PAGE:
Name: Benvindo Aze Descart, date-of-birth: 21 November 1986
Name of parents: Lt. Col. Aluc Descart (father), Falintil commander in the eastern region during the occupation [Olinda Morais (mother)]
Place of origin: Los Palos
In March 1988 I was wounded during the fighting. My wife, Olinda Morais, and our 17 month old son, Benvindo, were with me in the forest. After I was wounded it became more difficult to care for Benvindo, and also we were short of food and water. So we decided to send Benvindo to Los Palos town to be cared for by family members living there. I attached a letter to him with his name and date of birth, though the letter did not say specifically that he was my child, because that would have been too dangerous. [Indonesian soldiers often sought the children of resistance fighters, especially commanders, to take them for adoption.] I also said that if my family could not look after him they should give him to the church. So my men took Benvindo to town and gave him to my father and younger sister.
I heard later what happened, including from my father who did in November 2003.
Colonel S. was the district military commander at that time. He learnt that the child of a Timorese resistance fighter had been brought from the forest into the town. He sent four soldiers to my father’s house who ordered my father and sister to bring Benvindo to the district military post, Kodim. Col. S. said to my father that Benvindo was not really his grandchild. When my father refused to deny this, S. threatened to cut Benvindo in two. So my father had no choice but to hand Benvindo over to S. One week later, two soldiers called my father to the military post. Col. S. said to him, “It’s better that I care for your grandchild. In the future he can help us all.” After that my father and sister were allowed to visit Benvindo but not take him home. They continued to see Benvindo quite often until 1989 when S. was transferred to Ainaro. At the end of 1990 or 1991, Col. S. returned to Bali.
In 1990 my wife, Benvindo’s mother, surrendered in Los Palos. There was another commander there at the time. An Indonesian soldier told my wife that Benvindo was in Bali with S. and on her behalf spoke with him via telephone. S. invited my wife to visit Bali, but she couldn’t go and also did not speak Indonesia. She asked for a photo of Benvindo, which S. sent to her, with details of where he lived. She asked the International Committee of the Red Cross (ICRC) to trace Benvindo, but nothing came of that. After 1991 she had no more contact with S.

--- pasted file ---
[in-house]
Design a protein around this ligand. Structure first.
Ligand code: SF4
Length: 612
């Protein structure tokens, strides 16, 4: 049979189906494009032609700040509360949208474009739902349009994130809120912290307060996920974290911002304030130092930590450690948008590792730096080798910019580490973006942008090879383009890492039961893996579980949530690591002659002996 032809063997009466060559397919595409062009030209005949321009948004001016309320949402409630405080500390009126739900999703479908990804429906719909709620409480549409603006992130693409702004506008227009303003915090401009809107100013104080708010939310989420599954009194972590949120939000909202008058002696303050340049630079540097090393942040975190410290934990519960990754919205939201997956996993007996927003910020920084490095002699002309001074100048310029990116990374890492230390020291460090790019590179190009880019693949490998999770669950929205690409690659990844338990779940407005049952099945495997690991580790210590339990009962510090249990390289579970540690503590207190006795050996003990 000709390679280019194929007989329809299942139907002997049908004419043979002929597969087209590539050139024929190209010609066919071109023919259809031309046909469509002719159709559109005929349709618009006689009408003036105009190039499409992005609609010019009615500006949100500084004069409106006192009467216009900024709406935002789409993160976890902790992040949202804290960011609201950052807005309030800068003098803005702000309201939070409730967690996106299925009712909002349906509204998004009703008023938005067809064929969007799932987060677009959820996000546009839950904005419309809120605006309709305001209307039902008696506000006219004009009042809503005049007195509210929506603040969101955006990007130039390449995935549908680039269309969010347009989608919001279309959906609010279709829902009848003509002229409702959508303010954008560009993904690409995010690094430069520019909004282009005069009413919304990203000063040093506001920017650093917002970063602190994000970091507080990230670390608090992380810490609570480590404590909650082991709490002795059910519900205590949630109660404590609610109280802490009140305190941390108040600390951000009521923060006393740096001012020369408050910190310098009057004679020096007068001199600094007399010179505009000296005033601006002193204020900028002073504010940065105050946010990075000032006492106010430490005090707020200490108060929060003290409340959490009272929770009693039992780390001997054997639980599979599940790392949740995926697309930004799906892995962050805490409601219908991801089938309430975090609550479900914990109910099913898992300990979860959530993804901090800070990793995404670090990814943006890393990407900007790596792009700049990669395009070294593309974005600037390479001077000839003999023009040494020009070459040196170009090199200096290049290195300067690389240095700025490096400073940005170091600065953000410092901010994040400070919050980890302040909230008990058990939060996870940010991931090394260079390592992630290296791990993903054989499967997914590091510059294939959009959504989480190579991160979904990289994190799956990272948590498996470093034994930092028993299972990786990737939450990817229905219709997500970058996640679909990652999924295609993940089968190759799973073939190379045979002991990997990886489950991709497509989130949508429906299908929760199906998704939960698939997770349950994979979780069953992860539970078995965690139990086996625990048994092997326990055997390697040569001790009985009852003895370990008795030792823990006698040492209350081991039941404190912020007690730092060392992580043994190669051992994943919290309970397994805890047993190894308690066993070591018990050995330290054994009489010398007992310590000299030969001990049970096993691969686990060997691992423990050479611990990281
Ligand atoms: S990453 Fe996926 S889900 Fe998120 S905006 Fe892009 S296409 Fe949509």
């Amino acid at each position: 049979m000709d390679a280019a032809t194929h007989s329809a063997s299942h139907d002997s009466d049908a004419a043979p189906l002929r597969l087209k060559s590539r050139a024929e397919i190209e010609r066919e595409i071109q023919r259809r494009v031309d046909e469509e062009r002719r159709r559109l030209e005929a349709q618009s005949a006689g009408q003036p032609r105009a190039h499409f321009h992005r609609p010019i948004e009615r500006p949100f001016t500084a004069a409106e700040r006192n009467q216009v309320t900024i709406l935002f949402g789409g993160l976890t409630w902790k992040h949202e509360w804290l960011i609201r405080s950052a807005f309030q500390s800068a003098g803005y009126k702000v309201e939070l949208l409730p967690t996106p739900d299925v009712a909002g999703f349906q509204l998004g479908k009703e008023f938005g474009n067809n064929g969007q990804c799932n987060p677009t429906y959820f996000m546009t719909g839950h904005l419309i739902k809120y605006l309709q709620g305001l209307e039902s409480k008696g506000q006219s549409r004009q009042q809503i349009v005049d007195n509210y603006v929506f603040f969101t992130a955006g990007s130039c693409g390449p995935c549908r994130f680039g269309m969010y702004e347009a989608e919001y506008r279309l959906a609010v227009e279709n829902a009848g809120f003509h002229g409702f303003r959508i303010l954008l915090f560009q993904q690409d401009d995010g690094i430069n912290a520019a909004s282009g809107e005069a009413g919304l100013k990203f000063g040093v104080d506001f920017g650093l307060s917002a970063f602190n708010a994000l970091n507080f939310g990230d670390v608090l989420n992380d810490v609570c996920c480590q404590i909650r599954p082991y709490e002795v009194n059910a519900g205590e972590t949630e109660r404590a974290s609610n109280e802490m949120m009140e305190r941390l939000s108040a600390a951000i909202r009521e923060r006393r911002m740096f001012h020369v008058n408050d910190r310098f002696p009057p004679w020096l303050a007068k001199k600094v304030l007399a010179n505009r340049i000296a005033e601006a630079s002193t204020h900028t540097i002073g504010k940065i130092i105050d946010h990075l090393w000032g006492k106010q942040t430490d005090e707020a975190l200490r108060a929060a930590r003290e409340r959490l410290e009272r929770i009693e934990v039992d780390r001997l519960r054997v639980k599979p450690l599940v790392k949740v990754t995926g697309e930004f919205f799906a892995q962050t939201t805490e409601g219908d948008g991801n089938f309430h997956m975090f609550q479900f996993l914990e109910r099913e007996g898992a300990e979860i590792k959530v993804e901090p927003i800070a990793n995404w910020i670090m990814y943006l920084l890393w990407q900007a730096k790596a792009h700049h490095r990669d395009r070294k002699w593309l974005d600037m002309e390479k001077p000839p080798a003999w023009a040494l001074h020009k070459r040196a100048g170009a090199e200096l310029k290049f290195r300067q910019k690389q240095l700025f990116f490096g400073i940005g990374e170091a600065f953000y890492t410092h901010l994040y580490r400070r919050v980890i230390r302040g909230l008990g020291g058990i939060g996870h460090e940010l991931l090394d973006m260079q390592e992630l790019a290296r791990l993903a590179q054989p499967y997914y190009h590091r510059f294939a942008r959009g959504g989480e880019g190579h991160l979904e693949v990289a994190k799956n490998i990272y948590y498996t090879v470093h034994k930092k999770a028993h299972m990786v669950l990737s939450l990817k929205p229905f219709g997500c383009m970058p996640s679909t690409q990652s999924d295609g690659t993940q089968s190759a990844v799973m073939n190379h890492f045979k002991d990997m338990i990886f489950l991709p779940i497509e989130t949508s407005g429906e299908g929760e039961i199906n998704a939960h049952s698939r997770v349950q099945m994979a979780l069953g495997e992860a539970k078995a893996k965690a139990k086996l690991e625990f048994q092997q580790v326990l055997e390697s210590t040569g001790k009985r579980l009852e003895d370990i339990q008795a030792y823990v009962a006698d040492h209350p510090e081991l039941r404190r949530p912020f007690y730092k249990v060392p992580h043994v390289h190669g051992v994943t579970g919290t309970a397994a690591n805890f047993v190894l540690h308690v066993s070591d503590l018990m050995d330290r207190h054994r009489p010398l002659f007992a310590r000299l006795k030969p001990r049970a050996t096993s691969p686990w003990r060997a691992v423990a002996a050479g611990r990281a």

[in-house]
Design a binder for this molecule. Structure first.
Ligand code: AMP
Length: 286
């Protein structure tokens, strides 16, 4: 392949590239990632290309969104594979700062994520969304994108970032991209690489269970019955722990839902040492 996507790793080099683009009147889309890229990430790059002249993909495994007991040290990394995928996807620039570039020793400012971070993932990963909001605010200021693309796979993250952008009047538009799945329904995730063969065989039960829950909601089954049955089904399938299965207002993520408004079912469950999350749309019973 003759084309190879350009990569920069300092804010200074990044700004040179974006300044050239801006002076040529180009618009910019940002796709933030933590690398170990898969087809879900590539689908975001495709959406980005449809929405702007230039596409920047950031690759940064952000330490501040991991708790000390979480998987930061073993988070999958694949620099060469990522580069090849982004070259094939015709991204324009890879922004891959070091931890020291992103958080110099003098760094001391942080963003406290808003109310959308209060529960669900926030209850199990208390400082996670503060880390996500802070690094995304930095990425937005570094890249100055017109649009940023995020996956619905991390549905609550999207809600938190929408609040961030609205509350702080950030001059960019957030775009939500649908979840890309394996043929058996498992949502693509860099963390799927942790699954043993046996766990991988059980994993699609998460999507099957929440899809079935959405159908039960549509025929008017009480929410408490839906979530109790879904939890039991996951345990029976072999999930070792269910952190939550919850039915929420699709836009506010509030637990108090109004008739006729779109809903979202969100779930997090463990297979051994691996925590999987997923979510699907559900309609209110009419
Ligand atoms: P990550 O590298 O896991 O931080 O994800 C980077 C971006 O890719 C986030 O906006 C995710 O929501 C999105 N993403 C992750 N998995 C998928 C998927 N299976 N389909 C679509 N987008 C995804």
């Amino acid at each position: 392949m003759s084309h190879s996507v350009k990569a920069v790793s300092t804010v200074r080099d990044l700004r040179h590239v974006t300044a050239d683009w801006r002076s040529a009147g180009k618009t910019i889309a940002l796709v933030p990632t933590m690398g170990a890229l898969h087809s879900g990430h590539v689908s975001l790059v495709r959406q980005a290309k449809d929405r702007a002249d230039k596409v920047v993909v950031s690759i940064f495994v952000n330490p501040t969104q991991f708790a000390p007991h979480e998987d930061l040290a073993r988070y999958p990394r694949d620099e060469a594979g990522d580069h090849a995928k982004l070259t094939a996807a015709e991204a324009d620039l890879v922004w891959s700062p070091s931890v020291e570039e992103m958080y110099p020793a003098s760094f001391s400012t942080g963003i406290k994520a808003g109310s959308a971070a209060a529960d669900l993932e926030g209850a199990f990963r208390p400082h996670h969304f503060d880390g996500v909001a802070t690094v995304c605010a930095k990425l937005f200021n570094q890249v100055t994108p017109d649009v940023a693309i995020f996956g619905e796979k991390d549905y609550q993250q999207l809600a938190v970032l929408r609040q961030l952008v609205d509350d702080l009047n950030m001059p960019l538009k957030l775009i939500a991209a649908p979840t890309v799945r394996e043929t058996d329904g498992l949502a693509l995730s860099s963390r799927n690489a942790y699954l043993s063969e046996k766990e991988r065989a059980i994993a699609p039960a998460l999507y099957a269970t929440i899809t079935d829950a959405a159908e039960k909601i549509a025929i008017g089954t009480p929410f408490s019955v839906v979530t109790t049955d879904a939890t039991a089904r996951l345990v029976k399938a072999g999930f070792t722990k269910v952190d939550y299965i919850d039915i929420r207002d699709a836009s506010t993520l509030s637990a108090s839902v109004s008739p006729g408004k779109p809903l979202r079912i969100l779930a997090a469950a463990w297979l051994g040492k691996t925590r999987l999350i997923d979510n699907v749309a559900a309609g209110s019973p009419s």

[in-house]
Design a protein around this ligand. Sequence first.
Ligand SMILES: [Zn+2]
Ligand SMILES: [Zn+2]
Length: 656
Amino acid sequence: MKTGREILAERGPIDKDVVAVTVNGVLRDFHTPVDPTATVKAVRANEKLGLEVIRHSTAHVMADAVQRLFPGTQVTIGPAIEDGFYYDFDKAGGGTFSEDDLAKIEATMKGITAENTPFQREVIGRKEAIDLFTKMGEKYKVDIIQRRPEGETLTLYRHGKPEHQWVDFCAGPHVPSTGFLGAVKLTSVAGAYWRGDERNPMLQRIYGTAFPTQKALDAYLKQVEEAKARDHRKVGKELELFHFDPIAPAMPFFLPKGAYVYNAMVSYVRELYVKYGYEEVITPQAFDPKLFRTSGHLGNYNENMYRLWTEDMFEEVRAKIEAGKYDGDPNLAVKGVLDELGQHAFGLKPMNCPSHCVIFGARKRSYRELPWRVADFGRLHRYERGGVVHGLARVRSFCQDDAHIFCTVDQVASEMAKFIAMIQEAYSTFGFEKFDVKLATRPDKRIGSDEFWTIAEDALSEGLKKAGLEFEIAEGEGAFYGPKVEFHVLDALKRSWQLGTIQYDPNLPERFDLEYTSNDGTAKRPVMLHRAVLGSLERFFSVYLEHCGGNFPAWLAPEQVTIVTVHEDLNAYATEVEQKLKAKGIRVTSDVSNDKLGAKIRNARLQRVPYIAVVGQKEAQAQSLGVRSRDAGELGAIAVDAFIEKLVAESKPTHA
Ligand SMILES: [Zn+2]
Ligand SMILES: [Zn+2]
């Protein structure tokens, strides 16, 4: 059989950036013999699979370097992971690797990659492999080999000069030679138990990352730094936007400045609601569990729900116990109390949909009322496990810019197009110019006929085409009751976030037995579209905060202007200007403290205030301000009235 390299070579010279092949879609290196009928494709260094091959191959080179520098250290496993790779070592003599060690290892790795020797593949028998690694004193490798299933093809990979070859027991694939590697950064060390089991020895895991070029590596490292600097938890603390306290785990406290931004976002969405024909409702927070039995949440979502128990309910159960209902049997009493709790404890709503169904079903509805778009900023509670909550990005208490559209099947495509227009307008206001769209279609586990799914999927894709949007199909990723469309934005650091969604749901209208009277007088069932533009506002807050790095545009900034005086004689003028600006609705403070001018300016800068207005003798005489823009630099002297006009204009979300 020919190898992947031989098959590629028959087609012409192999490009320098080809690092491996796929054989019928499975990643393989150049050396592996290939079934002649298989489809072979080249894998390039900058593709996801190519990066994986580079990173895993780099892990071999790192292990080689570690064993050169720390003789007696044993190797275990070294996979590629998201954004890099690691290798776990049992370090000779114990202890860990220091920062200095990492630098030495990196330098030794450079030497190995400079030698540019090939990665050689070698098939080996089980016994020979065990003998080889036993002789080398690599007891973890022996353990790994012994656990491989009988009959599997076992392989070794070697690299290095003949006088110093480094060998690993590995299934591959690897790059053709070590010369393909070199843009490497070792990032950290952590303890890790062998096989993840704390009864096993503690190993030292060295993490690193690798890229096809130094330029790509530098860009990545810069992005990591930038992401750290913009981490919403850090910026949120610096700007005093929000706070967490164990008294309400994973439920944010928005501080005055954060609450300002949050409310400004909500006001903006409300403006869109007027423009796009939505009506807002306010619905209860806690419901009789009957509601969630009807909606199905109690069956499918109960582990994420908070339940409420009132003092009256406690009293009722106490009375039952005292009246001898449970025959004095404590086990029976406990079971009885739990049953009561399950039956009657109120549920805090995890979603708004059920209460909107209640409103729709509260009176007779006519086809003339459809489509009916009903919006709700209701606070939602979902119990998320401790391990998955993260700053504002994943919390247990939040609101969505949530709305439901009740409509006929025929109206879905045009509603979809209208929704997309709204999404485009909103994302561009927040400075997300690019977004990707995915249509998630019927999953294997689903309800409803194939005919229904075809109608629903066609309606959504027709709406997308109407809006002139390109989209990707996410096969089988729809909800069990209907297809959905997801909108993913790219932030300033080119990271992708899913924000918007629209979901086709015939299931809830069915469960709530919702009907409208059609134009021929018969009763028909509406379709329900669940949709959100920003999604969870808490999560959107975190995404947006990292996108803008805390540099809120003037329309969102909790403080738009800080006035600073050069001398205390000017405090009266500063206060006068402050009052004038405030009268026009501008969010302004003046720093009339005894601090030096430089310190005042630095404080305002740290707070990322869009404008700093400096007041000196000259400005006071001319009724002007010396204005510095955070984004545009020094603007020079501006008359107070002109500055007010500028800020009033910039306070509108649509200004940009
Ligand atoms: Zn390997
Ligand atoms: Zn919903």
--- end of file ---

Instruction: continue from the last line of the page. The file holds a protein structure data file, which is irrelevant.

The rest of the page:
In July 2003 by chance we heard that a relative of the commander who had replaced S. in 1989 was living in Dili. This relative helped me to contact the soldier who replaced S. The Alola Foundation in Dili also helped by sending an email to S. I heard that S. wanted me to write to him. I wrote a letter, and as proof I sent the photo of Benvindo that he had sent to my wife in 1991.
After that we spoke on the phone and S. invited me to come to Jakarta. I was a commander of a Timor Leste Defence Force, Falintil-FDTL, battalion so that was a bit difficult. I invited S. to come to Timor Leste, however, he didn’t want to do that. He thought the Timorese might be angry with him. So my wife and I decided to go to Jakarta ourselves. We left on 25 September 2003. S. met us in Jakarta and we stayed in his house for five days.
S. apologized to us for taking Benvindo. He told us that he had taken good care of Benvindo and that he had provided properly for him. He admitted that he had changed Benvindo’s name. He also said that we could take Benvindo back to East Timor if we wanted to. It was our decision. However, I told him that we did not come to Jakarta to take Benvindo back to East Timor, but to show Benvindo that we were his parents.
Just before we arrived in Jakarta, S. told Benvindo that his real parents were coming to visit him. S. had always told Benvindo that he was their natural son. By then Benvindo was about 16 years of age. At first it seemed to us as if Benvindo didn’t react at all. The second day we were there, my wife, who could speak a bit of Indonesian, tried to talk to him. On the fourth day his attitude seemed to change. I think he began to believe that we really were his parents. Before we left to go home, he called us father and mother and said to us, “Please make a place for me at your dinner table every day.”
During our visit, my wife cried a lot. S. said to me that men have different feelings. I guess he saw how difficult it was for my wife to have to go away and leave our son. Can you imagine how we felt? We had not seen him since he was 17 months old. Again S. told us we could take Benvindo back to East Timor. But he said to us that if we did Benvindo’s education would suffer, and he would blame us, his parents. I told S. that he should continue to care for Benvinodo and send him to school.
A transplanted tree
In May 2005 S. died, and in 2007 Benvindo, who now goes by his Indonesian name Shalih Zeromon Miranda Rahman) returned to East Timor where he now lives. A few translated quotes from an interview in 2009 with Radio Netherlands. Read (Dutch). “I didn’t have the faintest idea that my parents were not my parents. After I entered high school I began to ask myself why is my skin so dark compared with my older siblings, and why do I have such curly hair. When I heard the truth about my family I was incredulous. All at once I felt I was a tree that had been transplanted.But my fathers, who used to be enemies, through me they became friends.